60 When the proud steed shall know why man restrains His fiery course, or drives him o'er the plains ; When the dull ox, why now he breaks the clod, Is now a victim, and now Egypt's God: Then shall man’s pride and dullness comprehend 65 His actions', passions', being's, use and end ; Why doing, suff'ring, check’d, impelled ; and why This hour a slave, the next a deity.


Then say not Man's imperfect, heav'n in fault : Say rather, Man's as perfect as he ought ; 70 His knowledge measur'd to his state and place, His time a moment, and a point his space. If to be perfect in a certain sphere, What matter soon or late, or here or there ? The bless’d to-day are as completely so,

75 As who began a thousand years ago.

Heav'n from all creatures hides the book of fate, All but the page prescrib'd, their present state ; From brutes what men, from men what spirits know, Or who could suffer being here below ?

80 The Lamb thy riot dooms to bleed to-day, Had he thy reason, would he skip and play ? Pleas'd to the last, he crops the flow'ry food, And licks the hand just rais'd to shed his blood. Oh ! blindness to the future ! kindly givin, That each may fill the circle mark'd by heav'n ; Who sees, with equal eye, as God of all, A hero perish, or a sparrow fall ; Atoms or systems into ruin hurld, And now a bubble burst, and now a world. 90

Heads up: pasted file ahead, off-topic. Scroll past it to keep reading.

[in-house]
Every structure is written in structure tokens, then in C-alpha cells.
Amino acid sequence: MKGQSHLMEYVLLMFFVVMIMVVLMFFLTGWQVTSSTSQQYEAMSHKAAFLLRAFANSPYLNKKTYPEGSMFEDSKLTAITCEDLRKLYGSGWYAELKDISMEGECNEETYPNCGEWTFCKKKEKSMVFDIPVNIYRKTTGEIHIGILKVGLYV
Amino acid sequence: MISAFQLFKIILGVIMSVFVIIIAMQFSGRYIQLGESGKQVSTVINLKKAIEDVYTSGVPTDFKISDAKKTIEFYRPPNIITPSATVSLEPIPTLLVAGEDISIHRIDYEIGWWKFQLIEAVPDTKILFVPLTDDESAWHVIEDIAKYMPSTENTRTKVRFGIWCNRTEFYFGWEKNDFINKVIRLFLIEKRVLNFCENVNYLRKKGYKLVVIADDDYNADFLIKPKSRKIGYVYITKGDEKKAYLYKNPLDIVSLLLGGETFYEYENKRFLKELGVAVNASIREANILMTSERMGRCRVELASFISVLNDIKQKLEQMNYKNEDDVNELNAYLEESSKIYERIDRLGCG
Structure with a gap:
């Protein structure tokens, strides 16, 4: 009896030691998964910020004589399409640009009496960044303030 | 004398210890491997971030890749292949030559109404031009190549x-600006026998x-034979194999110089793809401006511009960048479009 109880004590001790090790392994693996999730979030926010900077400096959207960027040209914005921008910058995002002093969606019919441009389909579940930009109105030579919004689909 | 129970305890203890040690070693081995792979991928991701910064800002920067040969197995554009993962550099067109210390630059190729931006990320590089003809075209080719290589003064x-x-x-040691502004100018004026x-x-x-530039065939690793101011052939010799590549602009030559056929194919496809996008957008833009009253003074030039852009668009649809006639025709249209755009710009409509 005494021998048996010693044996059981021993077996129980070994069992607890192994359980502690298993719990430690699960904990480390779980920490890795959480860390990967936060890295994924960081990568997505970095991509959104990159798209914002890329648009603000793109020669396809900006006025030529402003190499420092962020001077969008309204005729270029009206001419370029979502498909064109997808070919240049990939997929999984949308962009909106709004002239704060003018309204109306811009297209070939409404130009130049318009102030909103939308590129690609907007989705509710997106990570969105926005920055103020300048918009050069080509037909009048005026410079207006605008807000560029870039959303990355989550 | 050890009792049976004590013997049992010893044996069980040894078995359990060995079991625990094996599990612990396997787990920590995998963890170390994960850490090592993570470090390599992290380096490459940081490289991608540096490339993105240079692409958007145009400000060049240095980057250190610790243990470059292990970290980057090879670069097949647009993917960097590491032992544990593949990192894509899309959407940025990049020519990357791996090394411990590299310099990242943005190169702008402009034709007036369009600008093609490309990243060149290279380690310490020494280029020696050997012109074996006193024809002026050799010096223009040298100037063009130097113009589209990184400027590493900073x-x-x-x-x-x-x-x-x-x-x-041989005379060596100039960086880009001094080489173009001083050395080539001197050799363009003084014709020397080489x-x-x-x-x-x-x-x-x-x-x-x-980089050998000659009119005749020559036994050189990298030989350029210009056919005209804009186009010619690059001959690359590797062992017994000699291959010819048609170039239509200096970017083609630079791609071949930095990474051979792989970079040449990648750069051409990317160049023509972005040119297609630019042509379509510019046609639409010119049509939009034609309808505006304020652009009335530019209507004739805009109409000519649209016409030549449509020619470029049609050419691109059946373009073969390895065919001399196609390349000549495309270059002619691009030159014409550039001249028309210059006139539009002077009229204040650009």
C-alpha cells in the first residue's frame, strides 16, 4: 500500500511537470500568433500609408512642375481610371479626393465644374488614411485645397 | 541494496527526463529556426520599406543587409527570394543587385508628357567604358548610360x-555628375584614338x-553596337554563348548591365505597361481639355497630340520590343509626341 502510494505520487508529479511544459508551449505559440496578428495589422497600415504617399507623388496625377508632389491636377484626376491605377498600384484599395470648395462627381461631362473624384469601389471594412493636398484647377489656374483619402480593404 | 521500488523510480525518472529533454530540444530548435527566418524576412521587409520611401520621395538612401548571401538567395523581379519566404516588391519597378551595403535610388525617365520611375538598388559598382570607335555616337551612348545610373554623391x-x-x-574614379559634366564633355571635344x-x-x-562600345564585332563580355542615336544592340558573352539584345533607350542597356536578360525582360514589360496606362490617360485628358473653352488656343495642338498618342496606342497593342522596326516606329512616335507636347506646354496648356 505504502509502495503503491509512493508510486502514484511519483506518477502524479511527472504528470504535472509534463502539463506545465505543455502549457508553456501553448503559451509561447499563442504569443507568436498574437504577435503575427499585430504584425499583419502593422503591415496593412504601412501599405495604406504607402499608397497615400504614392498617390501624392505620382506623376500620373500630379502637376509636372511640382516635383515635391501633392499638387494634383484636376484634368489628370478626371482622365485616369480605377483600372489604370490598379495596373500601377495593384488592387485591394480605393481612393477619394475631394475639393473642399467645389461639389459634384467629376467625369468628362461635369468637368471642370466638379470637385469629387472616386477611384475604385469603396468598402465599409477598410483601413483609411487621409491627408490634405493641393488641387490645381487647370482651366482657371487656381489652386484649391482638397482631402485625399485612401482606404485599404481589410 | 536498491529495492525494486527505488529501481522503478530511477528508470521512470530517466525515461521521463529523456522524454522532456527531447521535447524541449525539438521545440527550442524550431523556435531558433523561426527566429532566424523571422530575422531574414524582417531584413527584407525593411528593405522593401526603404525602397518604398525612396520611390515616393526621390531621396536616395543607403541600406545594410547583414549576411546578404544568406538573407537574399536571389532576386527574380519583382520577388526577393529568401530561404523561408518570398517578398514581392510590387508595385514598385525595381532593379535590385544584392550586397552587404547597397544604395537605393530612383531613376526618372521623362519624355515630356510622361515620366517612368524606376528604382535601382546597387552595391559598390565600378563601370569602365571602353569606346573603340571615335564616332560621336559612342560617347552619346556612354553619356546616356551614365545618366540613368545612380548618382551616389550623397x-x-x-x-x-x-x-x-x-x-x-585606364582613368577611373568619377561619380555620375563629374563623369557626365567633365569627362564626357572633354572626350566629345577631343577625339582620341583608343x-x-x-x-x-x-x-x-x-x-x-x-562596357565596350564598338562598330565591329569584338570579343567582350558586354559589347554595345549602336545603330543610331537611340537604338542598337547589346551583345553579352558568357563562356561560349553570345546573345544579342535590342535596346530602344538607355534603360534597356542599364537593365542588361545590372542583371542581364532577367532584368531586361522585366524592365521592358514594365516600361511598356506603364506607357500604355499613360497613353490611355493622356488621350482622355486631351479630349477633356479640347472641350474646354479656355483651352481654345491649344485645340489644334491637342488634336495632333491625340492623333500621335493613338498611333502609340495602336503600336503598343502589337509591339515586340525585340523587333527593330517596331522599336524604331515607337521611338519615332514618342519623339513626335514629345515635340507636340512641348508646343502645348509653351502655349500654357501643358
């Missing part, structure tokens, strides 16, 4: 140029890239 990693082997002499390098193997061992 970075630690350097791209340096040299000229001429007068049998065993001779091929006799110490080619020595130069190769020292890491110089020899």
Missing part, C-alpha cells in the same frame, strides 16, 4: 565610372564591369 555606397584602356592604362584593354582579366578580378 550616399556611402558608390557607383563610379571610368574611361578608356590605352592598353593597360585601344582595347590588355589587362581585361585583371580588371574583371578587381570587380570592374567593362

Hope humbly then, with trembling pinions soar Wait the great teacher death, and God adore. Wbat future bliss he gives not thee to know, But gives that hope to be thy blessing now. Hope springs eternal in the human breast : 95 Man never is, but always to be, bless'd. The soul, uneasy and confin'd from home, Rests and expatiates in a life to come.

Lo ! the poor Indian, whose untutor'd mind Sees God in clouds, or hears him in the wind ; 100 His soul proud science never taught to stray Far as the solar walk, or milky way; Yet simple nature to his hope has giv'n, Behind the cloud-top'd hill, an humbler heav'n ; Some safer world in depth of woods embrac’d, 105 Some happier island in the wat'ry waste,